Shoot outside Your Comfort Zone
Do you feel this course has been something of a boot camp? We’ve covered lots of ground, and given you plenty to keep you creating for months.
If you’re in for a few more challenges, these aim to drag you out of your comfort zone. I’ll tell you a secret: these aren’t exercise. They are seriously powerful hacks to new creativity.
Shoot in Black and White
You may already feel comfortable—even prefer—shooting black-and-white images. If so, skip this. If you tend to shoot in color and only sometimes convert to black and white, try shooting black-and-white images only.
• Set your camera to capture only in black and white: most modern cameras allow this.
• Examine your images carefully to see what works and why. Then rinse and repeat. Shoot the same subject in different light from different angles.
• Black-and-white images work differently from color: if you can shoot strongly with black and white, it helps you compose any image (start looking forward to tomorrow’s lesson).
Tape Down Zoom Control
The zoom lens is so handy, we may become too dependent on it, making our eyes and brain a little lazy. You can improve your photo technique by taping down the zoom and forcing yourself to work as if with only one lens.
• Tape the zoom at its widest setting (shortest focal length). Force yourself to shoot only pictures that work at the widest setting. This is a superb discipline—makes you walk more!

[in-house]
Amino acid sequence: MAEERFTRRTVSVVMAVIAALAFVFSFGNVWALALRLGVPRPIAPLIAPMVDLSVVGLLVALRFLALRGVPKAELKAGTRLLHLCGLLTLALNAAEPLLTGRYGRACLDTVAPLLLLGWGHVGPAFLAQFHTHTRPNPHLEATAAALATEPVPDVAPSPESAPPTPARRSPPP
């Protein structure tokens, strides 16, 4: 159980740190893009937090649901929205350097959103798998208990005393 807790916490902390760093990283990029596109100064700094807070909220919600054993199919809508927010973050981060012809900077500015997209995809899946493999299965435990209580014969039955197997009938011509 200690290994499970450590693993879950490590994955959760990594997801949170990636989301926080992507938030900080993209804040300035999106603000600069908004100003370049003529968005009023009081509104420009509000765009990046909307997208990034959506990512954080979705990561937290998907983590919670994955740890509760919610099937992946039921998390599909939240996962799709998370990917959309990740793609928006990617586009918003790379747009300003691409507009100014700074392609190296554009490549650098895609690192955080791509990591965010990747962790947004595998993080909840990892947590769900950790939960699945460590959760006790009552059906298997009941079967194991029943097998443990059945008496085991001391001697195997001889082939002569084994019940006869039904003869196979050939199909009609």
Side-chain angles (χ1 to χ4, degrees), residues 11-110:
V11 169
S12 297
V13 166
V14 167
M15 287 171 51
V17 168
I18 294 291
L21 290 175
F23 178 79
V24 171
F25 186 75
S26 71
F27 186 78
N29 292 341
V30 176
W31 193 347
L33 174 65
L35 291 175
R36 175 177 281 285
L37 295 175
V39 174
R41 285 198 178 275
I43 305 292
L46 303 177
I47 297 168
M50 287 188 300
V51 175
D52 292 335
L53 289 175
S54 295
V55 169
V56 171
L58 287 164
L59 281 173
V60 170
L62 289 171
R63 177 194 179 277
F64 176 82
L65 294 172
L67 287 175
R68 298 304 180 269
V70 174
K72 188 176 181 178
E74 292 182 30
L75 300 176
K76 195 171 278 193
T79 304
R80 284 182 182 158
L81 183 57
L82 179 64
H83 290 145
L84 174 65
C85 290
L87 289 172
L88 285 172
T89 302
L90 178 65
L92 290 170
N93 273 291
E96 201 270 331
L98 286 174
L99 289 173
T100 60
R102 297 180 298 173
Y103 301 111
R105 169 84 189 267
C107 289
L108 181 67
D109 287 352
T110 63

• Tape the zoom at its longest focal length setting (highest magnification). You may find yourself looking for shots in a different way.
Force Over- or Underexposure
For this, we use our good friend, the exposure override, or compensation control, to force all images first to look too light by over-exposing. The flip side is to make them too dark.
What’s the point? If you’ve never done this, prepare to be surprised how many images actually work really well. Try and you will see!
• Set underexposure of around -2 stops. This works well with contrast lighting like bright sunshine with deep shadows.
• Set over-exposure of +1.5 or 1 ⅔ stops. This works well with evenly lit situations like a cloudy day.
Here are a few examples of what can be achieved with over-exposure.
This hack may be toughest to do, so save it for when you’re feeling up to it.
• Photograph without looking through the viewfinder—yes,without framing up.
The best is to shut your eyes and release the shutter. Of course, you don’t just do it anywhere, any time. When you see something that looks promising, point the camera (on auto-everything) and press the button. Again, be prepared to be surprised.
And if you think I’m mad, I will tell you that two of my exhibitions were of images made without looking through the viewfinder.
I hope you’ll have lots of fun, as well as inspiration, from these hacks. Unlike skydiving, if you first don’t succeed, you can keep trying.
Tomorrow, a few effective tips on composition . . . and not a rule in sight!
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